Alice in Dairyland explains that Wisconsin leads the nation in mink production

The weather outside is frightful, but bundling up in a mink coat is delightful. For years now, the Kettle Moraine Mink Breeders Association has provided a custom-made Wisconsin mink coat for Alice to wear as she braves the winter cold. I didn’t have much of an opportunity to wear it in November because it was pretty warm all month. But wearing it even these first few days of December has given me an opportunity to help educate people about Wisconsin leading the nation in the mink industry.

I’ve had the opportunity to tour Zimbal Minkery near Sheboygan Falls twice. I first toured it in May 2008 as a Finalist for the 61st Alice in Dairyland when the finals were held in Sheboygan County. I also toured it again early this past summer as the 62nd Alice in Dairyland. Zimbal Minkery is the nation’s largest mink ranch. Zimbal doesn’t just produce a large quantity of mink pelts, but also very high quality pelts. They have been recognized year after year for producing pelts of superior quality.

During my tours, I’ve learned that raising mink is no easy task; they require year-round care. The mink are bred in March. After just one month of gestation, the kits are born, and they are tiny. A newborn kit is no bigger than the size of your pinky finger. Each female will average about five kits. The kits grow quickly, and in the summer, they will be separated into other cages. When fall begins in September, the young mink are now at full size of about 24 inches in length. By the end of November, they have a full winter coat and are ready for harvest.

Wisconsin is an ideal place to raise mink because we have seasons. Mink react to the number of hours of light each day. As the hours of daylight get shorter heading toward winter, the mink know to grow their winter fur. The summers don’t get too hot for the mink here either. Wisconsin is also a great place for mink because of their dietary needs and the food available here.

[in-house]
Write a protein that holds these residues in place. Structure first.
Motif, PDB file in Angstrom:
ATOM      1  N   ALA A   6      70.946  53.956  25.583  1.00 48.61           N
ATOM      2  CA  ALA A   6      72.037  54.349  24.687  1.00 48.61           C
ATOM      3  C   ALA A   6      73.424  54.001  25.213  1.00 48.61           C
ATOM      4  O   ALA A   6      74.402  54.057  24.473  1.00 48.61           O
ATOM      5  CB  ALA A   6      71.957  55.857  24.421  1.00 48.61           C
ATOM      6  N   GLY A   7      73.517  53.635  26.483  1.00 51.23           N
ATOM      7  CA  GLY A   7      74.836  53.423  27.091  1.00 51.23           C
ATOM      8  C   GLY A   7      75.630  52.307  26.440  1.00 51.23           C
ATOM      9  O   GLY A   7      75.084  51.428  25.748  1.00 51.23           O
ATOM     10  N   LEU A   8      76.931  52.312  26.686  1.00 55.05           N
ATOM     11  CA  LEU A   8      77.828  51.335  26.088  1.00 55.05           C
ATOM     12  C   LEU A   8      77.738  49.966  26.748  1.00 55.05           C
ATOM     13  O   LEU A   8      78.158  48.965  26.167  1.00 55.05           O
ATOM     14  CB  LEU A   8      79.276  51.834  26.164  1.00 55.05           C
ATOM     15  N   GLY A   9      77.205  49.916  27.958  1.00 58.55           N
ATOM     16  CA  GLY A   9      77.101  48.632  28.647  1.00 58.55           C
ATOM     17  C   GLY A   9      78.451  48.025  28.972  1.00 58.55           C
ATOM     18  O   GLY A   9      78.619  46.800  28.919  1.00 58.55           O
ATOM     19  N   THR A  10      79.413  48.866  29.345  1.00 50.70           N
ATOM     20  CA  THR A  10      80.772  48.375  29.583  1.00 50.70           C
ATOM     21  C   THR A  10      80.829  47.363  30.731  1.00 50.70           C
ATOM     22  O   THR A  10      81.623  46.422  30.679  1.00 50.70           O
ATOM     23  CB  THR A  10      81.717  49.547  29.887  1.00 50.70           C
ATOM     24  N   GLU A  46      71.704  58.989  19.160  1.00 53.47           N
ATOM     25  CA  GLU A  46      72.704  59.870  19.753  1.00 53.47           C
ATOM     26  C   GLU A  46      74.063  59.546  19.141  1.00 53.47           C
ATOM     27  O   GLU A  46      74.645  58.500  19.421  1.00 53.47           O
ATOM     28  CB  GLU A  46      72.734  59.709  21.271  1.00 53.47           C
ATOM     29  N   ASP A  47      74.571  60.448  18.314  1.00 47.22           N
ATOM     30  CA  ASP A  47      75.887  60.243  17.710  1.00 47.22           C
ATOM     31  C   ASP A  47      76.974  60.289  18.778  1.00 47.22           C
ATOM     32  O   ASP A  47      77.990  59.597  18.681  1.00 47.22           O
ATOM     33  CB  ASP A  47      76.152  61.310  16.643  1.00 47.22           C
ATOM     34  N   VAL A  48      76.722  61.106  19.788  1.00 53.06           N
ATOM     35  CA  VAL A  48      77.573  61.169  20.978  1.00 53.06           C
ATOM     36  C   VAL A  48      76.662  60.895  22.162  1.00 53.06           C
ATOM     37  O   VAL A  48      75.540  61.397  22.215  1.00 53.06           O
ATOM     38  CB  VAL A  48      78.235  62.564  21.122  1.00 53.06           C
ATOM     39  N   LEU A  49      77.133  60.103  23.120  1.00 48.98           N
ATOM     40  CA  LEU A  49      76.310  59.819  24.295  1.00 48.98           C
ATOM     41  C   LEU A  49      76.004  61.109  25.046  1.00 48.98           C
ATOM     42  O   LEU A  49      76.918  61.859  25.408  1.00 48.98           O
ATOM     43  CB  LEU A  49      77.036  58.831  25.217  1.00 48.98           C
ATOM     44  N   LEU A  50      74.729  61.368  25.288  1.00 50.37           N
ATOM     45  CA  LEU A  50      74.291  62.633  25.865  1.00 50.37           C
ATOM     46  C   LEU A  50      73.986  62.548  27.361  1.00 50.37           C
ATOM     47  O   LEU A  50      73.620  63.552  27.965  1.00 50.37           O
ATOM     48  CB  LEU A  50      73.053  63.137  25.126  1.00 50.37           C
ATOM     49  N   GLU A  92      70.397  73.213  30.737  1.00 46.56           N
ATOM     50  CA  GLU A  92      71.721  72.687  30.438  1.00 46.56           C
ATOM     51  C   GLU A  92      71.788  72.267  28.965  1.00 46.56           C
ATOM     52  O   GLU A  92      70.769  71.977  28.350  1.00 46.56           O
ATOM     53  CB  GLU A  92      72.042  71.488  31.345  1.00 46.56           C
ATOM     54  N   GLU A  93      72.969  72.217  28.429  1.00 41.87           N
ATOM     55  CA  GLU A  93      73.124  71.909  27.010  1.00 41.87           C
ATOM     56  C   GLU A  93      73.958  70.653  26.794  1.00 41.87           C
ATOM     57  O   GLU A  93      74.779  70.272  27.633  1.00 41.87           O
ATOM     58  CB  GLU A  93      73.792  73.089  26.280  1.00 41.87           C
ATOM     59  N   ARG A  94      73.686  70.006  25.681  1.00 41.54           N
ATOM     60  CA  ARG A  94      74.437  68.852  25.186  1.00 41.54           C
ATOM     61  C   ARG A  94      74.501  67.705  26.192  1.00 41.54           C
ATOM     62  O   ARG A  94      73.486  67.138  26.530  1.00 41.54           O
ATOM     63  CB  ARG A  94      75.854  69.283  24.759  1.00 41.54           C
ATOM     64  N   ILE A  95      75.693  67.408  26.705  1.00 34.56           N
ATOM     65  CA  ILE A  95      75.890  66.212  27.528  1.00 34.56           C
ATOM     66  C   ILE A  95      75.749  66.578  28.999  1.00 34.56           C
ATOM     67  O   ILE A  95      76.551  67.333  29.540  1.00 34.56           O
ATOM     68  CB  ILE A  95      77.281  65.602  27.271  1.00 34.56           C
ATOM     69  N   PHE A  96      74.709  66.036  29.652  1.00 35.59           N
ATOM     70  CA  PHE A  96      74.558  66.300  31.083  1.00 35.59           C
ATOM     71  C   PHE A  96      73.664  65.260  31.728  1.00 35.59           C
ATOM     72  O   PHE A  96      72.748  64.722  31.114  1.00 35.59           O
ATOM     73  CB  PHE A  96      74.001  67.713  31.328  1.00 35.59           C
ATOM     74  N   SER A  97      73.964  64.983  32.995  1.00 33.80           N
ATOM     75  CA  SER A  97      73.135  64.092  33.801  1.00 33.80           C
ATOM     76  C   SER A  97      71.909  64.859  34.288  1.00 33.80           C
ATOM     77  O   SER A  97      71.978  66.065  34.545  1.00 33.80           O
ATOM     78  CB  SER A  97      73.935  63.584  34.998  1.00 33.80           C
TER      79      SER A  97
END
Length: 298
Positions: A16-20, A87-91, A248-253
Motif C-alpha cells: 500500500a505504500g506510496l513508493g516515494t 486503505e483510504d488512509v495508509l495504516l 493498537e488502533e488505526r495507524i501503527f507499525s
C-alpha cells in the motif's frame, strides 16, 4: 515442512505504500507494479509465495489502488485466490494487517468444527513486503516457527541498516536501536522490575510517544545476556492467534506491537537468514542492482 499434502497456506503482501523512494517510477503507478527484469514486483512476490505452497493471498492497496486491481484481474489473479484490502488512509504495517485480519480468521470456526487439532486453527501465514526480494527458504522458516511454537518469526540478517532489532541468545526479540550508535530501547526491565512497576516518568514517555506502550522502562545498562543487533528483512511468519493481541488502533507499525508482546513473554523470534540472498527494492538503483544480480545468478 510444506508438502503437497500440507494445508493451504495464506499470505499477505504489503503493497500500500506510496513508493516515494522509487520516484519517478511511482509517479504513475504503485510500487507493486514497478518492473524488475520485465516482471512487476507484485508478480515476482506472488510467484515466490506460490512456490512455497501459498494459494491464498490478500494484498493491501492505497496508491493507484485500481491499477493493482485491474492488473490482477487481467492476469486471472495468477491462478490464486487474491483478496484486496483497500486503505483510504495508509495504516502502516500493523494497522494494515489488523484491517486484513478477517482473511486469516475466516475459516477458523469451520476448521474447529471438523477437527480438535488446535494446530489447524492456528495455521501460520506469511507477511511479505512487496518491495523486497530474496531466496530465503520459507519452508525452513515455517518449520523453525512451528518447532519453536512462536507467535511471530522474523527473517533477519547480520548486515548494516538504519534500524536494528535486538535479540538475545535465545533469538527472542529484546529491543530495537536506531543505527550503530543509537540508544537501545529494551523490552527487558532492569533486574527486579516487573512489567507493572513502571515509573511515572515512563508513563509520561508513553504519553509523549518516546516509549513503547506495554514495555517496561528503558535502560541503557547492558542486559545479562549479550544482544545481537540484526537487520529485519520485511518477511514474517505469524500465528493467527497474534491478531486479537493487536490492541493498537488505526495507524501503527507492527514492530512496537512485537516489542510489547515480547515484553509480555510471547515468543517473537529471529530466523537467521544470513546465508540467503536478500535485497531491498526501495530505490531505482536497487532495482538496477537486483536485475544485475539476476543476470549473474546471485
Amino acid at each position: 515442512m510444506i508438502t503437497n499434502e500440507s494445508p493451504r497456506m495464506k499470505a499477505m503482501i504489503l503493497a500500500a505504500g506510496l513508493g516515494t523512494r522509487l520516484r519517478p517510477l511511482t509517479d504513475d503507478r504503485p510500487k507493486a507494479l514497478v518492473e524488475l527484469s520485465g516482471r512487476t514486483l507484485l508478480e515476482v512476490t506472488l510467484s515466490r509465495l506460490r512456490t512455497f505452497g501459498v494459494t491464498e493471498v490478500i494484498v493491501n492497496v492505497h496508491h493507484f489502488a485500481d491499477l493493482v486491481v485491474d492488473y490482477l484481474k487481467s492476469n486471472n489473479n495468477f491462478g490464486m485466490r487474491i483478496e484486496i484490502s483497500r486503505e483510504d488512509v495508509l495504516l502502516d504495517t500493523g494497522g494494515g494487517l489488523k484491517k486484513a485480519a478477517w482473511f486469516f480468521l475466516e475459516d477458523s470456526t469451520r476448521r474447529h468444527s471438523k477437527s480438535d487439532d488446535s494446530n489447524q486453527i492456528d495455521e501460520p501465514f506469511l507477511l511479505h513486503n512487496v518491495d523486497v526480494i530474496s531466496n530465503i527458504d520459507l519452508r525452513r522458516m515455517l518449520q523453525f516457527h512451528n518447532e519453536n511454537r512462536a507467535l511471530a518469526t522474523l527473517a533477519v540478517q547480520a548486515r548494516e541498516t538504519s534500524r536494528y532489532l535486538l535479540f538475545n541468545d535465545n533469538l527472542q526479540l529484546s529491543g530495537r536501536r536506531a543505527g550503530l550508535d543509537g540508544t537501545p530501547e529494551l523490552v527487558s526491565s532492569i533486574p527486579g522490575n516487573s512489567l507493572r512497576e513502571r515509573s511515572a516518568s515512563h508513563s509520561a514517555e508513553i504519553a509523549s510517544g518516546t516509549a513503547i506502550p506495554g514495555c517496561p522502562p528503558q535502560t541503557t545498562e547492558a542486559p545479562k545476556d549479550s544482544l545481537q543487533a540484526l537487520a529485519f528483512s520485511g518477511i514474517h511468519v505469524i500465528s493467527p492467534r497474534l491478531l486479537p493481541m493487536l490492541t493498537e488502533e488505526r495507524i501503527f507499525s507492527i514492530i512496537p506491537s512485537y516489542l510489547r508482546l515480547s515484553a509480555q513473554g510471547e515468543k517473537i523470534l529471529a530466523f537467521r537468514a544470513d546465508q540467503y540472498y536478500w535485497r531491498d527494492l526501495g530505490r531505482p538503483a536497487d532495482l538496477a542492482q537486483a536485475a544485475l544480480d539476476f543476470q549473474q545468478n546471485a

Mink need a high protein diet to grow quality fur. Wisconsin has a significant meat industry, and the mink enjoy that. Mink are like recyclers, using the waste products from meat processing facilities. Mink farmers will gather many carcasses, organs, and expired meat products to mix together like a casserole for the mink to eat. Their diet isn’t solely protein, though. The casserole is also supplemented with vitamins, grain, and calcium to give a proper balance. The mink are fed twice each day, and a fresh supply of water is available all day.

With the mink eating up the leftovers from the meat industry, the mink are helping the environment. Mink are also helping our state’s economy as well. In 2008, the mink industry generated nearly $40 million in economic activity. More than 900,000 pelts were produced in Wisconsin in 2008. And that is more than another other state in the U.S. There are many colors of mink pelts, including mahogany (dark brown), pastel (light brown), blue iris (dark grey), sapphire (medium grey), violet (light grey), and white. Most mink pelts are black, like the ones in my coat. If you see me out and about this winter while sporting my mink coat, come say hi and take a look at some of the quality pelts produced in Wisconsin, like the ones in the coat from the Pagel Mink Ranch. Thank you, Kettle Moraine Mink Breeders for your continued partnership with the Alice in Dairyland program to help promote part of Wisconsin’s $59.16 billion agriculture industry!

Alice in Dairyland is Wisconsin’s agricultural ambassador. She travels over 40,000 miles each year to spread the word about our agricultural industry. Alice in Dairyland can be reached by writing to DATCP, 2811 Agriculture Drive, P.O. Box 8911, Madison, WI 53718.

You can schedule Alice for an upcoming event by contacting the Alice in Dairyland Program at (608) 224-5080 or by e-mail at DATCPAlice@wisconsin.gov.


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